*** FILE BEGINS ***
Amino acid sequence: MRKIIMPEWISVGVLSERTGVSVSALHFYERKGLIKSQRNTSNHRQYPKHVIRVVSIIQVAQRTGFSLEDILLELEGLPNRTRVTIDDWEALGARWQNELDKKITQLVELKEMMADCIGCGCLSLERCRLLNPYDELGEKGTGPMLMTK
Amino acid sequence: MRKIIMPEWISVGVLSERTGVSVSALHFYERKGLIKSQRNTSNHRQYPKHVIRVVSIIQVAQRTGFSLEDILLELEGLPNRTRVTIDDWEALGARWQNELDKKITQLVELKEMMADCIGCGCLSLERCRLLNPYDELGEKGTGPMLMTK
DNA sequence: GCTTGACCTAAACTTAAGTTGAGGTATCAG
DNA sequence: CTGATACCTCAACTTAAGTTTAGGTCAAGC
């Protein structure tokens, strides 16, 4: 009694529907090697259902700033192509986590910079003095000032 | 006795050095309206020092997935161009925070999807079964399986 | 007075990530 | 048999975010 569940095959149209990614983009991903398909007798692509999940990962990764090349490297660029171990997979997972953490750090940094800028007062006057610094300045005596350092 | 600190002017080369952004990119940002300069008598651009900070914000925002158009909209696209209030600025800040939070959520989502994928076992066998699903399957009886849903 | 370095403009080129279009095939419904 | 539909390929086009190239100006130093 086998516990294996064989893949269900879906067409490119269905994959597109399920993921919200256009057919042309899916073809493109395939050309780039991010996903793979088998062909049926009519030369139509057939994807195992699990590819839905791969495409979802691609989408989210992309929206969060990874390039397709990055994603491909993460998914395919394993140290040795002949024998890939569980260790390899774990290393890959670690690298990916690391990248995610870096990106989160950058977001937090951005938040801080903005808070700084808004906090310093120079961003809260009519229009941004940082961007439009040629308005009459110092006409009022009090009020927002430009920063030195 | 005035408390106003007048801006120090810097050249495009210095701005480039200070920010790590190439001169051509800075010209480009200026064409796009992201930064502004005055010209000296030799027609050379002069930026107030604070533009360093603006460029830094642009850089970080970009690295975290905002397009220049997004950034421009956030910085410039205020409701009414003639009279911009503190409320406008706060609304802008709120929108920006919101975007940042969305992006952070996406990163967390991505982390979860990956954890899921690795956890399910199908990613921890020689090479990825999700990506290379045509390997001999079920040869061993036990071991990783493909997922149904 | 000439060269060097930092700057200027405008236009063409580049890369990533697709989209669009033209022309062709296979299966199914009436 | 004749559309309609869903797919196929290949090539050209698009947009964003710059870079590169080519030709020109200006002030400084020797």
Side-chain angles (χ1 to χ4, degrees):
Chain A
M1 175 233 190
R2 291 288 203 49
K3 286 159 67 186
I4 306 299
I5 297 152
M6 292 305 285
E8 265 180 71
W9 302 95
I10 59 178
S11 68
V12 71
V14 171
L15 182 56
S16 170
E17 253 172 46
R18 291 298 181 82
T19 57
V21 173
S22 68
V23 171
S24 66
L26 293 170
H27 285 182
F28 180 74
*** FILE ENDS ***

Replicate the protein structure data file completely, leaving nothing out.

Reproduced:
Amino acid sequence: MRKIIMPEWISVGVLSERTGVSVSALHFYERKGLIKSQRNTSNHRQYPKHVIRVVSIIQVAQRTGFSLEDILLELEGLPNRTRVTIDDWEALGARWQNELDKKITQLVELKEMMADCIGCGCLSLERCRLLNPYDELGEKGTGPMLMTK
Amino acid sequence: MRKIIMPEWISVGVLSERTGVSVSALHFYERKGLIKSQRNTSNHRQYPKHVIRVVSIIQVAQRTGFSLEDILLELEGLPNRTRVTIDDWEALGARWQNELDKKITQLVELKEMMADCIGCGCLSLERCRLLNPYDELGEKGTGPMLMTK
DNA sequence: GCTTGACCTAAACTTAAGTTGAGGTATCAG
DNA sequence: CTGATACCTCAACTTAAGTTTAGGTCAAGC
């Protein structure tokens, strides 16, 4: 009694529907090697259902700033192509986590910079003095000032 | 006795050095309206020092997935161009925070999807079964399986 | 007075990530 | 048999975010 569940095959149209990614983009991903398909007798692509999940990962990764090349490297660029171990997979997972953490750090940094800028007062006057610094300045005596350092 | 600190002017080369952004990119940002300069008598651009900070914000925002158009909209696209209030600025800040939070959520989502994928076992066998699903399957009886849903 | 370095403009080129279009095939419904 | 539909390929086009190239100006130093 086998516990294996064989893949269900879906067409490119269905994959597109399920993921919200256009057919042309899916073809493109395939050309780039991010996903793979088998062909049926009519030369139509057939994807195992699990590819839905791969495409979802691609989408989210992309929206969060990874390039397709990055994603491909993460998914395919394993140290040795002949024998890939569980260790390899774990290393890959670690690298990916690391990248995610870096990106989160950058977001937090951005938040801080903005808070700084808004906090310093120079961003809260009519229009941004940082961007439009040629308005009459110092006409009022009090009020927002430009920063030195 | 005035408390106003007048801006120090810097050249495009210095701005480039200070920010790590190439001169051509800075010209480009200026064409796009992201930064502004005055010209000296030799027609050379002069930026107030604070533009360093603006460029830094642009850089970080970009690295975290905002397009220049997004950034421009956030910085410039205020409701009414003639009279911009503190409320406008706060609304802008709120929108920006919101975007940042969305992006952070996406990163967390991505982390979860990956954890899921690795956890399910199908990613921890020689090479990825999700990506290379045509390997001999079920040869061993036990071991990783493909997922149904 | 000439060269060097930092700057200027405008236009063409580049890369990533697709989209669009033209022309062709296979299966199914009436 | 004749559309309609869903797919196929290949090539050209698009947009964003710059870079590169080519030709020109200006002030400084020797």
Side-chain angles (χ1 to χ4, degrees):
Chain A
M1 175 233 190
R2 291 288 203 49
K3 286 159 67 186
I4 306 299
I5 297 152
M6 292 305 285
E8 265 180 71
W9 302 95
I10 59 178
S11 68
V12 71
V14 171
L15 182 56
S16 170
E17 253 172 46
R18 291 298 181 82
T19 57
V21 173
S22 68
V23 171
S24 66
L26 293 170
H27 285 182
F28 180 74